Back in 2009 I visited Yei, an orphanage here, to see about opportunities for me to work with them. It didn’t work out, which was frustrating at the time, but like many things I look back and I’m grateful that it didn’t. At that time I thought that this was the Africa I wanted to live in. Poor with many needs. Red dirt roads, tropical fruit, villages full of tukuls (round mud houses with thatch roofs), green landscapes. It was what I had been dreaming of. I ended up instead in a busy city in the desert. And I learned to love it there.
So now that I’m back it doesn’t feel quite right. Because it’s not the people I grew to love or a place that became a home.
I was able to visit with a friend who lives here who got to the field about the same time I did in Dec 2010. We walked to the shop to get some things and on the way she was stopping and chatting with all kinds of people. I had a pang of jealousy. Why did she get to be in a place for two years and then leave and come back and I can’t? The feeling was fleeting. His ways are higher than our ways and I rest in that. Living comparing our circumstances to others is asking for a despairing heart.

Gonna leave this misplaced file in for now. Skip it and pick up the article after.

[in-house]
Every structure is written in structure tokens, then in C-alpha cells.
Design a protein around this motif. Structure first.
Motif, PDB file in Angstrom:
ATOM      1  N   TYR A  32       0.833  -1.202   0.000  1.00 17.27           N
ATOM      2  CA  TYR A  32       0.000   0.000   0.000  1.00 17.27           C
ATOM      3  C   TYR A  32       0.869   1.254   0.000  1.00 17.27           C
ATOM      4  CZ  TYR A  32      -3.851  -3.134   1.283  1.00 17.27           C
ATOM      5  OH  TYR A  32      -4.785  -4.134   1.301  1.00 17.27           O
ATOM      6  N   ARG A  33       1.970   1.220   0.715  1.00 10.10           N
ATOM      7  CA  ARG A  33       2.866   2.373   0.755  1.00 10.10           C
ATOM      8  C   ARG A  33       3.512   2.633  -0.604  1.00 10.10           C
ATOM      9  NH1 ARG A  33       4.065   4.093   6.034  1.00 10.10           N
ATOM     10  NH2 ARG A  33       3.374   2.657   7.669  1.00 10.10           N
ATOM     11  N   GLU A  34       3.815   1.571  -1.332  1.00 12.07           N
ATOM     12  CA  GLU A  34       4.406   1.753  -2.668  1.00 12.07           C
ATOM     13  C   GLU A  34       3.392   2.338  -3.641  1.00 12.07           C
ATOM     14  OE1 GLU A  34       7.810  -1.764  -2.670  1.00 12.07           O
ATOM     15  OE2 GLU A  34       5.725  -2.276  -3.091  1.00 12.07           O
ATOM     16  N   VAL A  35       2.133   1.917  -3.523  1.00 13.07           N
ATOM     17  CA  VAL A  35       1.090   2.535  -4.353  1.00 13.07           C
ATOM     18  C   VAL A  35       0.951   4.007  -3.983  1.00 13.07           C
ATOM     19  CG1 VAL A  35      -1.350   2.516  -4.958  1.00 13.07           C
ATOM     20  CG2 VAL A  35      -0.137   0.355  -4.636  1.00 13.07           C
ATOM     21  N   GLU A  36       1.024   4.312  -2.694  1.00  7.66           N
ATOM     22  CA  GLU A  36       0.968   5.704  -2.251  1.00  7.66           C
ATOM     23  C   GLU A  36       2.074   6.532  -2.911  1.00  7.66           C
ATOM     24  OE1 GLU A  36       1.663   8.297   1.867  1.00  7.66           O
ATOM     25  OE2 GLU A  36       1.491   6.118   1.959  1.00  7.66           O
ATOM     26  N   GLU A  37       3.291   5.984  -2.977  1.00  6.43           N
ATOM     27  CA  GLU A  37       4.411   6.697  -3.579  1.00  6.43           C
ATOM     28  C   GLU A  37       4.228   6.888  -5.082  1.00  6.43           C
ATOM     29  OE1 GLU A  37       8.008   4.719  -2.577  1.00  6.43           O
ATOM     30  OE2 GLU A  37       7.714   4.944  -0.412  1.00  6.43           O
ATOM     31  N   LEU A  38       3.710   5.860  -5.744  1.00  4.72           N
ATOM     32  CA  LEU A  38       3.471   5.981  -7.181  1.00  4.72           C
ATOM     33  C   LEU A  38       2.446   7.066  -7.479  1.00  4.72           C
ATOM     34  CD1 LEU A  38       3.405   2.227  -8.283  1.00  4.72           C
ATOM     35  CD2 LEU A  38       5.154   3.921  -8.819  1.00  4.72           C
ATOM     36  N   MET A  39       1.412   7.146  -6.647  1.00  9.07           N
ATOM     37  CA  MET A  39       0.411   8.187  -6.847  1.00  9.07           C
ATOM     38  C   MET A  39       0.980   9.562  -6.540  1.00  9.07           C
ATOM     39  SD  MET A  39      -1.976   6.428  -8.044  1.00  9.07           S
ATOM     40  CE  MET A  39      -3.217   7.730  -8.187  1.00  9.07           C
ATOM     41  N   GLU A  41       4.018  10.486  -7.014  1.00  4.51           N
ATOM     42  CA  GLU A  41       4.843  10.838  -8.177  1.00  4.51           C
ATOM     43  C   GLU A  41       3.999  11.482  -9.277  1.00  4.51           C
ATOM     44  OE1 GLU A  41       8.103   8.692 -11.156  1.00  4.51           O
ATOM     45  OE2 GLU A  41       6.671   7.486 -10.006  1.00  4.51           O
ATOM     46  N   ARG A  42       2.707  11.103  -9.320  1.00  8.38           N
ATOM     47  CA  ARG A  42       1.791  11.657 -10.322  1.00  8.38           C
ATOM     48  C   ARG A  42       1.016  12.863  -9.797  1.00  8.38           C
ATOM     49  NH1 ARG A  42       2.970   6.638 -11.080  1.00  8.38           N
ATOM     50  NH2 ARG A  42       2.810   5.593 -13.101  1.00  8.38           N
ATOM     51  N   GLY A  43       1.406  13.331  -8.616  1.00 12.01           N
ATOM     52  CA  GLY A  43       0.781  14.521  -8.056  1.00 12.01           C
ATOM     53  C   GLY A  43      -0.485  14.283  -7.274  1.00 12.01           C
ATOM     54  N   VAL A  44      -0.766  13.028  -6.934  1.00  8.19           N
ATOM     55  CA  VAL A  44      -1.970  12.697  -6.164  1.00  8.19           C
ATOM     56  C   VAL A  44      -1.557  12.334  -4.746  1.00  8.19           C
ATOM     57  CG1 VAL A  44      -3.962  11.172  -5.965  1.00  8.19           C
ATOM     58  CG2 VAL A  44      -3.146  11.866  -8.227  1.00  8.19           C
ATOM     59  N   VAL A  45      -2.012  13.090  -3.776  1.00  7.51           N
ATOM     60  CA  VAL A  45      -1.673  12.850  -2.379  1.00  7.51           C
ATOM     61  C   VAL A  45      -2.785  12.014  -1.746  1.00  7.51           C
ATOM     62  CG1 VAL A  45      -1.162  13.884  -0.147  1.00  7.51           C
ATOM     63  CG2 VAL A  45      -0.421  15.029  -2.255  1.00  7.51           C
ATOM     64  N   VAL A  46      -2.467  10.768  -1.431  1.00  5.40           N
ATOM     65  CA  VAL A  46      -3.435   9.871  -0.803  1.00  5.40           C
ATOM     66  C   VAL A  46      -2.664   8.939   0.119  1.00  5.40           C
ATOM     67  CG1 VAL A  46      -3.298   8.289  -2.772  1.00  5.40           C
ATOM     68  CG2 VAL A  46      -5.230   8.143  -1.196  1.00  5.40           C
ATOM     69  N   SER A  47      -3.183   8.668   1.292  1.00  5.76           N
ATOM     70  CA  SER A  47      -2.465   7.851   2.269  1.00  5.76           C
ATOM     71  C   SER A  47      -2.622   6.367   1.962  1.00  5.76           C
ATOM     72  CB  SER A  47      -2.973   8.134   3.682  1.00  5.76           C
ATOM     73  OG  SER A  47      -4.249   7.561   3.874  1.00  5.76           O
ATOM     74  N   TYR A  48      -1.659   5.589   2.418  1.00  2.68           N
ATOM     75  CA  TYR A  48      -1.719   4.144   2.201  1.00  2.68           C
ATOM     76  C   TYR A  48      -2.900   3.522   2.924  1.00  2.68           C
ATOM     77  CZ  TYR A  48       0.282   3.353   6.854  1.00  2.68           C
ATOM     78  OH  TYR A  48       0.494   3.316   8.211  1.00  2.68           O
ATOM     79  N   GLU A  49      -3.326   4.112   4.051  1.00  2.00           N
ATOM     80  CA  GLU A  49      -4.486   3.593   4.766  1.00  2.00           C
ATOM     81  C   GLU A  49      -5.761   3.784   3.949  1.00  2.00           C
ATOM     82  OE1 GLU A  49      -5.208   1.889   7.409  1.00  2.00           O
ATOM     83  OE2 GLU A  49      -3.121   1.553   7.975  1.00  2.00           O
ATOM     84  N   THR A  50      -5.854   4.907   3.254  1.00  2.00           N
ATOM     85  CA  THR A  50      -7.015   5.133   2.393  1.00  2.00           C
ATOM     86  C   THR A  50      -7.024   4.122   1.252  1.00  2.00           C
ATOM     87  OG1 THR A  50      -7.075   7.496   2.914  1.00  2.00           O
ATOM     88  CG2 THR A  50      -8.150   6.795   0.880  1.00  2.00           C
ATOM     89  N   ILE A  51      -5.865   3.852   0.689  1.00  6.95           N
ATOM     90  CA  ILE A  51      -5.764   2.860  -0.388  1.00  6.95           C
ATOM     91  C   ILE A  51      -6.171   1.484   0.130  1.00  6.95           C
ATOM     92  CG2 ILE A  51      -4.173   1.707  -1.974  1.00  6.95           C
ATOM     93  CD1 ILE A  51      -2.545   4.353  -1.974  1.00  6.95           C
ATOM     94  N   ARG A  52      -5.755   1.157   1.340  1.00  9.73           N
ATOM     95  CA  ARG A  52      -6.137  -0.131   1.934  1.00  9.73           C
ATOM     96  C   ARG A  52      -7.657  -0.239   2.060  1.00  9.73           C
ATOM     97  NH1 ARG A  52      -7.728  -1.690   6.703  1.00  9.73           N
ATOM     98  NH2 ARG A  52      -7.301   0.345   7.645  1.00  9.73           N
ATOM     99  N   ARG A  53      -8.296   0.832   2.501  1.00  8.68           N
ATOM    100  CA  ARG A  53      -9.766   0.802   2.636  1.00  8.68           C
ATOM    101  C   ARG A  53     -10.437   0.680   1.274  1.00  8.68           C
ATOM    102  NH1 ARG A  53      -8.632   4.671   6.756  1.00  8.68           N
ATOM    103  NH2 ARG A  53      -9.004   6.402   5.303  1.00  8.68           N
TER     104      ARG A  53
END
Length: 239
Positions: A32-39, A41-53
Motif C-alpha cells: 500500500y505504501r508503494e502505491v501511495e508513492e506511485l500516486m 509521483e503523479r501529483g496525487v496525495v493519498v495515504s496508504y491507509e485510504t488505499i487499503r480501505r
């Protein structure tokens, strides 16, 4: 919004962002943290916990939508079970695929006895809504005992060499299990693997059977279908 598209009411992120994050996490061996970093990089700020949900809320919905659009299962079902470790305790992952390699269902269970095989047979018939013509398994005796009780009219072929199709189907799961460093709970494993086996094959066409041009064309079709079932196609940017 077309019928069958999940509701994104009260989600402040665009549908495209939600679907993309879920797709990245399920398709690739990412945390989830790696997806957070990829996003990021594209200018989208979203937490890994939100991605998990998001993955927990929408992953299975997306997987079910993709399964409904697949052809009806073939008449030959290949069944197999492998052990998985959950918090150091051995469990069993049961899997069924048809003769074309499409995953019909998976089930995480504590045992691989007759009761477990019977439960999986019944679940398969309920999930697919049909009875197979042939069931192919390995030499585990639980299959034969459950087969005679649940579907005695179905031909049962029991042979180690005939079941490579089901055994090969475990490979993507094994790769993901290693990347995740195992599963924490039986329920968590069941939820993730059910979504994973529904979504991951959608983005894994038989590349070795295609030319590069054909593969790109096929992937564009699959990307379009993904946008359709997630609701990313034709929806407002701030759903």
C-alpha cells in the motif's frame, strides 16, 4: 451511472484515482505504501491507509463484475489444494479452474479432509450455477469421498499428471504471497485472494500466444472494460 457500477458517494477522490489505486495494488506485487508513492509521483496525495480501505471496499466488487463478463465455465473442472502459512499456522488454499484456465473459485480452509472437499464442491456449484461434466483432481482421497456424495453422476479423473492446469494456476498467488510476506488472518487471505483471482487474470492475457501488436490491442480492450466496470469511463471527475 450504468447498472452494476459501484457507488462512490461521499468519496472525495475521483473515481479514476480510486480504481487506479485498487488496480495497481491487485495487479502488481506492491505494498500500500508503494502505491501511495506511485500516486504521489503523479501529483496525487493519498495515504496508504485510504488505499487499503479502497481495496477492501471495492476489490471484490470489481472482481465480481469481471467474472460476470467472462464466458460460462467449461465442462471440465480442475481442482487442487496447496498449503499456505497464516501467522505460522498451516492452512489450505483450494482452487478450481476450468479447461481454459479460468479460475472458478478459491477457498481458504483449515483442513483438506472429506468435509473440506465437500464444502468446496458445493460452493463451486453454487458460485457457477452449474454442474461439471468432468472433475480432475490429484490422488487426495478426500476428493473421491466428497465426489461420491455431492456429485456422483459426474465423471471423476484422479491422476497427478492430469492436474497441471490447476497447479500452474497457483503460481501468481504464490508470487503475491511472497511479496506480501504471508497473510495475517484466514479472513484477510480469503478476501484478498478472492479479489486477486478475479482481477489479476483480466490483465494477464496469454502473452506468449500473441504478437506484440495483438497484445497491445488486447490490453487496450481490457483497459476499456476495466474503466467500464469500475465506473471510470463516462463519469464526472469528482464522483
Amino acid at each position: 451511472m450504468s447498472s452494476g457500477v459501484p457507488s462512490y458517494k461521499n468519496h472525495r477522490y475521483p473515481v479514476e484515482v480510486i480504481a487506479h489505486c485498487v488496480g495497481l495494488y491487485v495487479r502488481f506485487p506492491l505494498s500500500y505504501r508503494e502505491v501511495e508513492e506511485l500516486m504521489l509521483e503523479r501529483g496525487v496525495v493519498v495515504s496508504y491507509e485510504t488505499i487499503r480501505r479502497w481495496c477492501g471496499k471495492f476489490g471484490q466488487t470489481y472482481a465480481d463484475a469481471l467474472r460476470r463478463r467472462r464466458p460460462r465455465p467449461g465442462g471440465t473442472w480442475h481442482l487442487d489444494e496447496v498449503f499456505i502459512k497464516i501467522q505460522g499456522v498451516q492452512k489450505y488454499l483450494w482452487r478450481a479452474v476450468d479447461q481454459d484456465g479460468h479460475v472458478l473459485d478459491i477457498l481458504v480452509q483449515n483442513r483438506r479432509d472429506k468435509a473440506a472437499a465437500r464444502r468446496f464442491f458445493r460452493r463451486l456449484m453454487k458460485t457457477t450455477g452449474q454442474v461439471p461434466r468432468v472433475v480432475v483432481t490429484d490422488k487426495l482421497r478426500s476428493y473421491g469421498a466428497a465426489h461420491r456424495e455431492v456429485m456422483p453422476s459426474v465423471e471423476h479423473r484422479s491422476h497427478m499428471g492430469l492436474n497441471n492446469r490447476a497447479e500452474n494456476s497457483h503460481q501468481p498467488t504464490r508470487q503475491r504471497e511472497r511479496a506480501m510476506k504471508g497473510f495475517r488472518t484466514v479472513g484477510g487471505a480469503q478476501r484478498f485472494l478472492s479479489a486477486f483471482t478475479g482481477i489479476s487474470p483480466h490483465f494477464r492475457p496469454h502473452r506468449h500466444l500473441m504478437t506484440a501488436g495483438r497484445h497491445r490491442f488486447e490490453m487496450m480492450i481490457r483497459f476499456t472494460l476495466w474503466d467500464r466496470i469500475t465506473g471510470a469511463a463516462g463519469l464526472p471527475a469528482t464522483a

Maybe you are sick of hearing me lament these things. This ache and longing for where I was and the people I love there. And I don’t hope to dwell on it. But I’m a pretty honest person. And–honestly–I still think about them all the time.
I keep seeing the boys in the people here. A mouth shape, a voice, a nose, a way of walking. I miss them. Oh, do I miss them.
I’m slightly fearful of never settling into a place again and also fearful that I will and that place won’t be my desert home. I’m scared of becoming ingrained in another place and that my love for the my desert country will wane. But I’m also scared that I’ll hold too tightly to that and won’t full invest myself elsewhere. But I think God gives us an ever expanding capacity in our hearts for people. Others never get pushed out as new ones enter in.
So, I’m not sure if South Sudan could ever feel like home, but maybe someday.